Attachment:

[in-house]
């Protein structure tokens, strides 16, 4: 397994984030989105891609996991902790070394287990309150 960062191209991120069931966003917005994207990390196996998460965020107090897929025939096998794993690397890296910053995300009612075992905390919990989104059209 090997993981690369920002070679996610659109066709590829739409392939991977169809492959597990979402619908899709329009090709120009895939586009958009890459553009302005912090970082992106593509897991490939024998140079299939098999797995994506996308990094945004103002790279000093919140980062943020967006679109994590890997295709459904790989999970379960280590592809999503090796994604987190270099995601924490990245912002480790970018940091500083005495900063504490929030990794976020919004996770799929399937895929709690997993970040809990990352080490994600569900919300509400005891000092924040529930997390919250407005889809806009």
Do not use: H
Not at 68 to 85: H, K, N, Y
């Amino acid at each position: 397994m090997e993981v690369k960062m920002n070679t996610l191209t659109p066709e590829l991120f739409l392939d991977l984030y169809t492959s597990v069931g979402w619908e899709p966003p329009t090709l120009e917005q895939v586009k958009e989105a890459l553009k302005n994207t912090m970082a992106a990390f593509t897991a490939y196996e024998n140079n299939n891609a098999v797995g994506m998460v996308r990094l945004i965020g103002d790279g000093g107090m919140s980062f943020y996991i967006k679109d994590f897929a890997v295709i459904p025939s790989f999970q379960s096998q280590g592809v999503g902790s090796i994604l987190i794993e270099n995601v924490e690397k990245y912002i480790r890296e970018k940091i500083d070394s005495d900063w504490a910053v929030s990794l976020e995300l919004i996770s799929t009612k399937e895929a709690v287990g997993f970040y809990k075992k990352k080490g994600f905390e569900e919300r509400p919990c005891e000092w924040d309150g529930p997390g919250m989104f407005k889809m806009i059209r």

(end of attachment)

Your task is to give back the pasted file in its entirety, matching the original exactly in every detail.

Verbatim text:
[in-house]
């Protein structure tokens, strides 16, 4: 397994984030989105891609996991902790070394287990309150 960062191209991120069931966003917005994207990390196996998460965020107090897929025939096998794993690397890296910053995300009612075992905390919990989104059209 090997993981690369920002070679996610659109066709590829739409392939991977169809492959597990979402619908899709329009090709120009895939586009958009890459553009302005912090970082992106593509897991490939024998140079299939098999797995994506996308990094945004103002790279000093919140980062943020967006679109994590890997295709459904790989999970379960280590592809999503090796994604987190270099995601924490990245912002480790970018940091500083005495900063504490929030990794976020919004996770799929399937895929709690997993970040809990990352080490994600569900919300509400005891000092924040529930997390919250407005889809806009």
Do not use: H
Not at 68 to 85: H, K, N, Y
């Amino acid at each position: 397994m090997e993981v690369k960062m920002n070679t996610l191209t659109p066709e590829l991120f739409l392939d991977l984030y169809t492959s597990v069931g979402w619908e899709p966003p329009t090709l120009e917005q895939v586009k958009e989105a890459l553009k302005n994207t912090m970082a992106a990390f593509t897991a490939y196996e024998n140079n299939n891609a098999v797995g994506m998460v996308r990094l945004i965020g103002d790279g000093g107090m919140s980062f943020y996991i967006k679109d994590f897929a890997v295709i459904p025939s790989f999970q379960s096998q280590g592809v999503g902790s090796i994604l987190i794993e270099n995601v924490e690397k990245y912002i480790r890296e970018k940091i500083d070394s005495d900063w504490a910053v929030s990794l976020e995300l919004i996770s799929t009612k399937e895929a709690v287990g997993f970040y809990k075992k990352k080490g994600f905390e569900e919300r509400p919990c005891e000092w924040d309150g529930p997390g919250m989104f407005k889809m806009i059209r």